Here we enter the realm of culture and ideas. For it is necessary not only to believe that it is economically feasible to behave in the irresponsible and egotistical fashion that I have described, but also to believe that it is morally permissible to do so. And this idea has been peddled by the intellectual elite in Britain for many years, more assiduously than anywhere else, to the extent that it is now taken for granted. There has been a long march not only through the institutions but through the minds of the young. When young people want to praise themselves, they describe themselves as "nonjudgmental." For them, the highest form of morality is amorality.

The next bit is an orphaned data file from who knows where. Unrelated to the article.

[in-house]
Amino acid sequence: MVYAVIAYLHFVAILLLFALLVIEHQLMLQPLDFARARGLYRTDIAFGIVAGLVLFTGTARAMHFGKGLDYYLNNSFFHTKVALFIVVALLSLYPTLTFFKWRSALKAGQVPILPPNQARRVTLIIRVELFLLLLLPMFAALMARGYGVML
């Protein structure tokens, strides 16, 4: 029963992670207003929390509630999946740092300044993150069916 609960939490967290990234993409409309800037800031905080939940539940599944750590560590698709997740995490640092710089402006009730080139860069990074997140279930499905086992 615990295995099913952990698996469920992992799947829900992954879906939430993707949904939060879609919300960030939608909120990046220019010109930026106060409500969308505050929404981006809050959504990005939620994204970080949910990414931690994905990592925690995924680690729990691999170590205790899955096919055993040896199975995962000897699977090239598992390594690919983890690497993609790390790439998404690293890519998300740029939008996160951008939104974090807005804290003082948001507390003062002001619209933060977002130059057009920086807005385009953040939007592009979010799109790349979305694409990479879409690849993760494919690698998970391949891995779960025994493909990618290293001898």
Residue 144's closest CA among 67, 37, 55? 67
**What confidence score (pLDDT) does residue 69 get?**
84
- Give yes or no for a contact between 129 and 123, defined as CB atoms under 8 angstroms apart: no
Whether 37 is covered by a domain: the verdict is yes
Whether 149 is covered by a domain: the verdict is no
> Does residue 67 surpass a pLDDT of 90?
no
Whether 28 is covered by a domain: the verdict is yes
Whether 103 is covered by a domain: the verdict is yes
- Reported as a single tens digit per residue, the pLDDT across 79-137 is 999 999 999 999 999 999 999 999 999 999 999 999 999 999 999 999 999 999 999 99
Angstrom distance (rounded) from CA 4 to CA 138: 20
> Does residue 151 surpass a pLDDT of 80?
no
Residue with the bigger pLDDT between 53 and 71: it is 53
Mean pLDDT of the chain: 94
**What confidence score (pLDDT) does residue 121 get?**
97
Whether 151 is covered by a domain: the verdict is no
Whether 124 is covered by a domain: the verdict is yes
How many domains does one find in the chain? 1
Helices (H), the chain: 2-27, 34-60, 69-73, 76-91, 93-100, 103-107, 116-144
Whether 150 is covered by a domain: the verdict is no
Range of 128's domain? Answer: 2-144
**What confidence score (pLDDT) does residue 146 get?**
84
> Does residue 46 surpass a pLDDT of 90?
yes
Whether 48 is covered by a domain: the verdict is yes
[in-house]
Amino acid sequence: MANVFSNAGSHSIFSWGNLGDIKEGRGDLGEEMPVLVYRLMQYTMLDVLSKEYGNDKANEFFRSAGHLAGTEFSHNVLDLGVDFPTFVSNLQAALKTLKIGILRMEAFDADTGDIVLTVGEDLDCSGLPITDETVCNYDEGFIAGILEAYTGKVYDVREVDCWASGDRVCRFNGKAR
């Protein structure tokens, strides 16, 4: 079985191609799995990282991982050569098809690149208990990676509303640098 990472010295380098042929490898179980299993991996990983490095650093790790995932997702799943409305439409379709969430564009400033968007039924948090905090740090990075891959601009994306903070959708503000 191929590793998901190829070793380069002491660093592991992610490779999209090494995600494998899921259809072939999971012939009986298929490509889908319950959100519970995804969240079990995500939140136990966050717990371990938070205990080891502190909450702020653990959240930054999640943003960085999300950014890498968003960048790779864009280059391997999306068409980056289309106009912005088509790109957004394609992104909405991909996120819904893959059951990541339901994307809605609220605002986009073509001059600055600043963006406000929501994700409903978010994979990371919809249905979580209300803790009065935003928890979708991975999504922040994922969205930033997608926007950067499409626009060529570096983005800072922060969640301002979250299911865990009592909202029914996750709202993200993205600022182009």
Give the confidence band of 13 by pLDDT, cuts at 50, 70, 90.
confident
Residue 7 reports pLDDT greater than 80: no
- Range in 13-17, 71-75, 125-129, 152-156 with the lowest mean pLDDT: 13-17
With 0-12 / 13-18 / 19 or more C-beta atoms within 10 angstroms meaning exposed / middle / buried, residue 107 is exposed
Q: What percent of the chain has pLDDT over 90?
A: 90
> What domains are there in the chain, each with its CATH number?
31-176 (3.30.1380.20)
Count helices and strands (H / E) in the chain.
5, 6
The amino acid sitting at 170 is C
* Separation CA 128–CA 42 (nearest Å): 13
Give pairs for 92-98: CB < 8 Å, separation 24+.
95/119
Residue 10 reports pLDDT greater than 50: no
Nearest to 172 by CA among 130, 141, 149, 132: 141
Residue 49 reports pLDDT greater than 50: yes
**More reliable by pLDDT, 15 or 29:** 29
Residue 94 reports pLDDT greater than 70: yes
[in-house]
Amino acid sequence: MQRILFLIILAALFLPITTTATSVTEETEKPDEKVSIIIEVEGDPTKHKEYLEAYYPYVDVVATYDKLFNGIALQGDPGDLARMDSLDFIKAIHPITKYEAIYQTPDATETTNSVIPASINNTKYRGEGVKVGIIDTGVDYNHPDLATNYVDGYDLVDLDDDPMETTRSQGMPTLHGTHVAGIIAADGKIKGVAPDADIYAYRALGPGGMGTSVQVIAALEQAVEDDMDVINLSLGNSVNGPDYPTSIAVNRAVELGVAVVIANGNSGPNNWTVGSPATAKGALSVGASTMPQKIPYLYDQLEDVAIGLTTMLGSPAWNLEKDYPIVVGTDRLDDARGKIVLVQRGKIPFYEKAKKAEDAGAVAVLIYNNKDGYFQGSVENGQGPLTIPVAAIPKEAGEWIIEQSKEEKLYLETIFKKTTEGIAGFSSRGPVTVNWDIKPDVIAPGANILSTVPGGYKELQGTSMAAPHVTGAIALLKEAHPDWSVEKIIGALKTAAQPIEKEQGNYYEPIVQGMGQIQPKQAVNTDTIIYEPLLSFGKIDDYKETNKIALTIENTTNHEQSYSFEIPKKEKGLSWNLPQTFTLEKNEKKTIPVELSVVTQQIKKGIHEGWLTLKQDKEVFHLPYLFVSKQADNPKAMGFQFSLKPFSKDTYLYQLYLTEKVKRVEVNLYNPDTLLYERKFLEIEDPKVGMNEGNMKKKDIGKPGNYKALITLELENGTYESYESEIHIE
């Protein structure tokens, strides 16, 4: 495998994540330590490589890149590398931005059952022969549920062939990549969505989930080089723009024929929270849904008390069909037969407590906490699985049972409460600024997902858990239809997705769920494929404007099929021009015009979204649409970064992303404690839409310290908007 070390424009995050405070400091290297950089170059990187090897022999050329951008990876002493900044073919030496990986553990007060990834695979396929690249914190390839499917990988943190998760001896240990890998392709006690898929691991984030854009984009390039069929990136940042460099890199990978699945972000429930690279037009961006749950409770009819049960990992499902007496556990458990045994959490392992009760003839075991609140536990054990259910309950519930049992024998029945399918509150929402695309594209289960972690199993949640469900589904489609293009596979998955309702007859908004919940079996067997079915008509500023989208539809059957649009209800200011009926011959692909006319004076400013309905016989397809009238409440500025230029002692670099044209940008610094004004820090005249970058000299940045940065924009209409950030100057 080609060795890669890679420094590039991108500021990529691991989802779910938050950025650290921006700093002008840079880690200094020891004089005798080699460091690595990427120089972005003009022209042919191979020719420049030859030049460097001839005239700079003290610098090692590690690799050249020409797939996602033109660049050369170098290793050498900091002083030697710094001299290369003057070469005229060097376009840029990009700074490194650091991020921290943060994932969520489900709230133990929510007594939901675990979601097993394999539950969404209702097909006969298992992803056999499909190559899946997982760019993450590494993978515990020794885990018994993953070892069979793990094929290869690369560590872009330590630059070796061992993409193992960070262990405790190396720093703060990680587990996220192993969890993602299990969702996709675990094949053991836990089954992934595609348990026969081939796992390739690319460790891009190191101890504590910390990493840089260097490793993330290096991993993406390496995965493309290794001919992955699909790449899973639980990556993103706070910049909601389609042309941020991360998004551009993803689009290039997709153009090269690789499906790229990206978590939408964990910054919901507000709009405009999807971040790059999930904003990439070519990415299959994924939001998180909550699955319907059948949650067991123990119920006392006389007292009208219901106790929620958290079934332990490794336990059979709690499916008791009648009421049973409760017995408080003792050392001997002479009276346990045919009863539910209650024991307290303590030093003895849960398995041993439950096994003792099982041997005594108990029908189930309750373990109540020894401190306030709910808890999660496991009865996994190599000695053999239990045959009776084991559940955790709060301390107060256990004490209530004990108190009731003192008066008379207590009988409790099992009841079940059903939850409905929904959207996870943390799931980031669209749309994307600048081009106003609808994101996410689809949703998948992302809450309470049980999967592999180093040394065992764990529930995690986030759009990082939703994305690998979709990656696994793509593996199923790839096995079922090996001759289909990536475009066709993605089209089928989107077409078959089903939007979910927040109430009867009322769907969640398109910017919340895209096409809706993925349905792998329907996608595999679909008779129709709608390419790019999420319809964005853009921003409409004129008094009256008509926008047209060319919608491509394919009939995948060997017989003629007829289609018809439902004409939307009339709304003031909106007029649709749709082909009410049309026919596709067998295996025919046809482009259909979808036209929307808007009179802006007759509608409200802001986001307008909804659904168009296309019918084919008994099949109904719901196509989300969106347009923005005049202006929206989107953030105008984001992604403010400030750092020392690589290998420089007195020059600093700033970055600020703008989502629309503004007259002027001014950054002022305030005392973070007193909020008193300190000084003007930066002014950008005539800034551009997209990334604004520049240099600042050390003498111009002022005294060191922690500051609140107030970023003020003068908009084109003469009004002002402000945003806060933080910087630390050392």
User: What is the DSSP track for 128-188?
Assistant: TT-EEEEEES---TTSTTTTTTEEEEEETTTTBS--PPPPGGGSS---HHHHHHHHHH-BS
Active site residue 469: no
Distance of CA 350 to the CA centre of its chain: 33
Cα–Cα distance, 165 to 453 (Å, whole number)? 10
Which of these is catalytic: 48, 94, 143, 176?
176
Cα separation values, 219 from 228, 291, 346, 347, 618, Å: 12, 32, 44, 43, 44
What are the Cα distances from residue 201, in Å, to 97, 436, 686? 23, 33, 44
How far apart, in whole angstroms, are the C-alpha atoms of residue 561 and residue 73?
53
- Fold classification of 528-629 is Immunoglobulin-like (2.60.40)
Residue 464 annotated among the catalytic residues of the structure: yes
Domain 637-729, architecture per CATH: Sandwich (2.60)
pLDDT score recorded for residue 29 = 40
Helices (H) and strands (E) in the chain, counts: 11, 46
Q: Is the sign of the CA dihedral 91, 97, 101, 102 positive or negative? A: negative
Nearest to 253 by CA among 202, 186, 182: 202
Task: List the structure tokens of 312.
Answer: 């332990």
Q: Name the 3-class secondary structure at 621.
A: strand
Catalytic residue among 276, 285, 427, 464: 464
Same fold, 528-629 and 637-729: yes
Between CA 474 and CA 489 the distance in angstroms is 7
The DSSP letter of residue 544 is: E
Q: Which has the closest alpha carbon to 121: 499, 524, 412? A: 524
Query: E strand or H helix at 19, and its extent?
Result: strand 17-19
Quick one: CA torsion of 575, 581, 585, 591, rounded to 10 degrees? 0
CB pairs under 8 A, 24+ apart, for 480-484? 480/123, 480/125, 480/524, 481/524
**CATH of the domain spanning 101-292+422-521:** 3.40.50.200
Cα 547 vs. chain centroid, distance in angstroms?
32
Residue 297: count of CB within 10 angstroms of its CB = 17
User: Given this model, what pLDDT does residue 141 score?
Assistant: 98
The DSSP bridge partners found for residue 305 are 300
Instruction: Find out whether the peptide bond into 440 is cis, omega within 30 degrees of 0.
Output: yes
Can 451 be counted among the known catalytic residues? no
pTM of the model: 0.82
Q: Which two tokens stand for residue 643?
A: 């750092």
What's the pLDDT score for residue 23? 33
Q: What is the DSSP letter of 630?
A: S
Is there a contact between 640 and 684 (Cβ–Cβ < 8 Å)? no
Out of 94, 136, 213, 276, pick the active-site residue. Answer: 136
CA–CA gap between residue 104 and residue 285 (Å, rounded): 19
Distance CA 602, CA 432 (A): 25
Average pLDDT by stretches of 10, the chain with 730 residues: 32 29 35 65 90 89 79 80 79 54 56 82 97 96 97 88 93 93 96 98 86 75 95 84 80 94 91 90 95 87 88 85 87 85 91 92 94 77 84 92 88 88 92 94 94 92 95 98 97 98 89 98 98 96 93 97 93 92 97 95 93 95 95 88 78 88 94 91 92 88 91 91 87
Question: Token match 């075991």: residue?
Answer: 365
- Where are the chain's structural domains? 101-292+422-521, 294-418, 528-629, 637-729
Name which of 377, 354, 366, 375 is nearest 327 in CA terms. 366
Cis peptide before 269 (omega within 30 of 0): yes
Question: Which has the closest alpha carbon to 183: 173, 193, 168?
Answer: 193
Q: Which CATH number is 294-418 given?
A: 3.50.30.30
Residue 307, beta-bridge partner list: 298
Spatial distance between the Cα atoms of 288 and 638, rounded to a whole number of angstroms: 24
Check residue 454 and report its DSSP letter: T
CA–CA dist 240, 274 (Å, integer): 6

There has been an unholy alliance between those on the Left, who believe that man is endowed with rights but no duties, and libertarians on the Right, who believe that consumer choice is the answer to all social questions, an idea eagerly adopted by the Left in precisely those areas where it does not apply. Thus people have a right to bring forth children any way they like, and the children, of course, have the right not to be deprived of anything, at least anything material. How men and women associate and have children is merely a matter of consumer choice, of no more moral consequence than the choice between dark and milk chocolate, and the state must not discriminate among different forms of association and child rearing, even if such non-discrimination has the same effect as British and French neutrality during the Spanish Civil War.